Each of these data points could, of course, have multiple causes. But together they point in a worrisome direction: We may be in the midst of a trust recession.
Trust is to capitalism what alcohol is to wedding receptions: a social lubricant.
In low-trust societies (Russia, southern Italy), economic growth is constrained. People who don’t trust other people think twice before investing in, collaborating with, or hiring someone who isn’t a family member (or a member of their criminal gang).
The concept may sound squishy, but the effect isn’t. The economists Paul Zak and Stephen Knack found, in a study published in 1998, that a 15 percent bump in a nation’s belief that “most people can be trusted” adds a full percentage point to economic growth each year.
That means that if, for the past 20 years, Americans had trusted one another like Ukrainians did, our annual GDP per capita would be $11,000 lower; if we had trusted like New Zealanders did, it’d be $16,000 higher.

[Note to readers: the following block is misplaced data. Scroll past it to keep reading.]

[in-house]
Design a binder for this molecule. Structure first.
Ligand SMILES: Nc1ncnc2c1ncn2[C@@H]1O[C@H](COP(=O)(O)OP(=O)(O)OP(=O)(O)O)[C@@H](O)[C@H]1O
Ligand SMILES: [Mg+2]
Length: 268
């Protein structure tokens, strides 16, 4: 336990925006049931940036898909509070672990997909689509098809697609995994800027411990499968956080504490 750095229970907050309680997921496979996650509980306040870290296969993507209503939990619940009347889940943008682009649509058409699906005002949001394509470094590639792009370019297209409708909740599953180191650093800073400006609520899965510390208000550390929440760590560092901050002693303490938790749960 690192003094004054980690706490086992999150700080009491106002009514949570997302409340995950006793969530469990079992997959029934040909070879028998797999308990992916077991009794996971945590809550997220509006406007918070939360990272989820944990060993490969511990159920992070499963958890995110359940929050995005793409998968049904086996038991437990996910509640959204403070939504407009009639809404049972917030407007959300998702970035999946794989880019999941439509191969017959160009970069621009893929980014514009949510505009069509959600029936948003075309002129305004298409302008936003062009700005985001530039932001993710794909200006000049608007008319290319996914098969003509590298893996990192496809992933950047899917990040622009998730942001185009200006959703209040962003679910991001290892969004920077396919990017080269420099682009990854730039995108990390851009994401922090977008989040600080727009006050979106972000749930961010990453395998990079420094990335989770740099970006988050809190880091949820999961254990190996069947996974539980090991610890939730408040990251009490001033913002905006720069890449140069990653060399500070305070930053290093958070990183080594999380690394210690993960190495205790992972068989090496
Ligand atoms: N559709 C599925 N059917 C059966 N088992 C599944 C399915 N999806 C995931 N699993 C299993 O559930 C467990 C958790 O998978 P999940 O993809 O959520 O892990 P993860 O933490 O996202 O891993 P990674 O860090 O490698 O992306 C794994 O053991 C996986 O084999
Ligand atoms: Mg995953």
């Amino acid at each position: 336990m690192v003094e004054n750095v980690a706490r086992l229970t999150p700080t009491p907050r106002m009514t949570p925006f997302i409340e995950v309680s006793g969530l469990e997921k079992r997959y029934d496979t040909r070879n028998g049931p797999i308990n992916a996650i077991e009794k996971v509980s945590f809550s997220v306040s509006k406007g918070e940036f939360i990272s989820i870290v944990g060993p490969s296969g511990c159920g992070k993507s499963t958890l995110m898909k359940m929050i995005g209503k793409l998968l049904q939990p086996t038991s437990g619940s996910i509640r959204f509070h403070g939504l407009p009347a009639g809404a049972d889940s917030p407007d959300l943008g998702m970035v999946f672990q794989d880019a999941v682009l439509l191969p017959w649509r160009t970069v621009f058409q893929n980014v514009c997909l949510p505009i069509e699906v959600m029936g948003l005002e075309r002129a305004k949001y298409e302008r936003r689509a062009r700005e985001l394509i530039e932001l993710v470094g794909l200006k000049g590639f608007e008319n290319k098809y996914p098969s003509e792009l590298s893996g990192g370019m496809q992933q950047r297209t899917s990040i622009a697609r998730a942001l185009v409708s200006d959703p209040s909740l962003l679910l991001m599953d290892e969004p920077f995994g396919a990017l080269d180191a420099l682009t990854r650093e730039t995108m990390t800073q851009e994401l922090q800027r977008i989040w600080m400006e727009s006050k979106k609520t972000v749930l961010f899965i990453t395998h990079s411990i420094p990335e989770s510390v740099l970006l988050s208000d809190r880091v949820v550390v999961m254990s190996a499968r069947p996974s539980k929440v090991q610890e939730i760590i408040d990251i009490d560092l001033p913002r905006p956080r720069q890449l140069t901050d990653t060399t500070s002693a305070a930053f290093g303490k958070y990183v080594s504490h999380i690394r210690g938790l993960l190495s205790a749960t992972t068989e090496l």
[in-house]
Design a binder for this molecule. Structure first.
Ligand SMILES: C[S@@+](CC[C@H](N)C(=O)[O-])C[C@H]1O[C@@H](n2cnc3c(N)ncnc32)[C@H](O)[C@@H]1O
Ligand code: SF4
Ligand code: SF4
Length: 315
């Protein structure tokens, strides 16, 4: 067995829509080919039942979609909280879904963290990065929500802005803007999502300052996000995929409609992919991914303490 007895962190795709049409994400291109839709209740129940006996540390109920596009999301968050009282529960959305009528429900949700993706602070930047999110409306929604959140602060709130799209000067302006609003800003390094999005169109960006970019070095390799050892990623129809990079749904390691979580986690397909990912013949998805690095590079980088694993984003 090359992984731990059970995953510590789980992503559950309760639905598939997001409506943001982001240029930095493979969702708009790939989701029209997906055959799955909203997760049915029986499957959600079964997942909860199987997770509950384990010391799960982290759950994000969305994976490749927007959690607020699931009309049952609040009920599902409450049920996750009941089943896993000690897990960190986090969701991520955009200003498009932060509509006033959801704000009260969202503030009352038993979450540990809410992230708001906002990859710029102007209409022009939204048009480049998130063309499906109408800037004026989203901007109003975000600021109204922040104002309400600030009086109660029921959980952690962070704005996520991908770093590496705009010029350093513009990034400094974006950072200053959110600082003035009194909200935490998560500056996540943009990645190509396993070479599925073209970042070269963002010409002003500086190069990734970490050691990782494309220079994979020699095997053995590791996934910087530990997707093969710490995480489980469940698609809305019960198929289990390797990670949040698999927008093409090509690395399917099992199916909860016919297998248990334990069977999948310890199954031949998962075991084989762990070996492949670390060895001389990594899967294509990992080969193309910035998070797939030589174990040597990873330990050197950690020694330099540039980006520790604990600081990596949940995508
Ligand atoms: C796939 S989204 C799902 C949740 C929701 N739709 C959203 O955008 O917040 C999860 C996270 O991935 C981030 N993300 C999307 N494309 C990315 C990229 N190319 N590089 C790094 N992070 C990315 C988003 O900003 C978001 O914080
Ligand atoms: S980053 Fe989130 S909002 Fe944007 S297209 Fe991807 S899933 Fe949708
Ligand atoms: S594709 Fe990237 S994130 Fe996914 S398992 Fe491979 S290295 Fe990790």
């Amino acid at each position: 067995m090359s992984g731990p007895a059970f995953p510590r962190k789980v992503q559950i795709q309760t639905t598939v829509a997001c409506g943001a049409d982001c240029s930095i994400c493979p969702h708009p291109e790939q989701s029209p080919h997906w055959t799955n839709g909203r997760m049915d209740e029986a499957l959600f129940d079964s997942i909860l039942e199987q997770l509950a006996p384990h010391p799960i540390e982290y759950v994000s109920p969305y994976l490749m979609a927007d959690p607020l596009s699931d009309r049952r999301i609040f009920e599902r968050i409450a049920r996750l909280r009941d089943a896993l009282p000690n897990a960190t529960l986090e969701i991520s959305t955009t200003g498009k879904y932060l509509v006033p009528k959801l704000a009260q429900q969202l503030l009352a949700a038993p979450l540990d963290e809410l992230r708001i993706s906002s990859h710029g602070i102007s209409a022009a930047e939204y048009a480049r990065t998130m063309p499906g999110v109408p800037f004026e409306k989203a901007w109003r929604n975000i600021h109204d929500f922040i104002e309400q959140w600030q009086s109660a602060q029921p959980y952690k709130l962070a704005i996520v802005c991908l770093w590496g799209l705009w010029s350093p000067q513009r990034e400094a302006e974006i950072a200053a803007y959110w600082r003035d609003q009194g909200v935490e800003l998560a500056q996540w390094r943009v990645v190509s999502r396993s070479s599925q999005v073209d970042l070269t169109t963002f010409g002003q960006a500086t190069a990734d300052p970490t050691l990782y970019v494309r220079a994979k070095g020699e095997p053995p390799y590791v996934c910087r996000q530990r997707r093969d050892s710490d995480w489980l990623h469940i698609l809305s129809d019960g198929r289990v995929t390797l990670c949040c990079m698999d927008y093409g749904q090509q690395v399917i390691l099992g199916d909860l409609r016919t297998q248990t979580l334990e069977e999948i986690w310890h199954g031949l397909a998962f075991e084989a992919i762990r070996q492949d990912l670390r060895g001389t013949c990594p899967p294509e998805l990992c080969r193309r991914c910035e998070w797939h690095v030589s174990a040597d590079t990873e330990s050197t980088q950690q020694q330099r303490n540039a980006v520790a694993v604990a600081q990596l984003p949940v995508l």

“If trust is sufficiently low,” they wrote, “economic growth is unachievable.”
If you can rely on people to do what they say they’re going to do—without costly coercive mechanisms to make them dependable—a lot of things become possible, argued Francis Fukuyama in his 1995 book, Trust.
In the late 19th century, it was “highly sociable Americans” who developed the first large-scale corporations, effectively pooling the ideas, efforts, and interests of strangers. In the late 20th, some of the earliest iterations of the internet emerged from the same talent for association.
Throughout nearly all of America’s history, its economy has benefited from a high degree of trust. But leaks in the trust reservoir have been evident since the ’70s.
Trust in government dropped sharply from its peak in 1964, according to the Pew Research Center, and, with a few exceptions, has been sputtering ever since.
This trend coincides with broader cultural shifts like declining church membership, the rise of social media, and a contentious political atmosphere.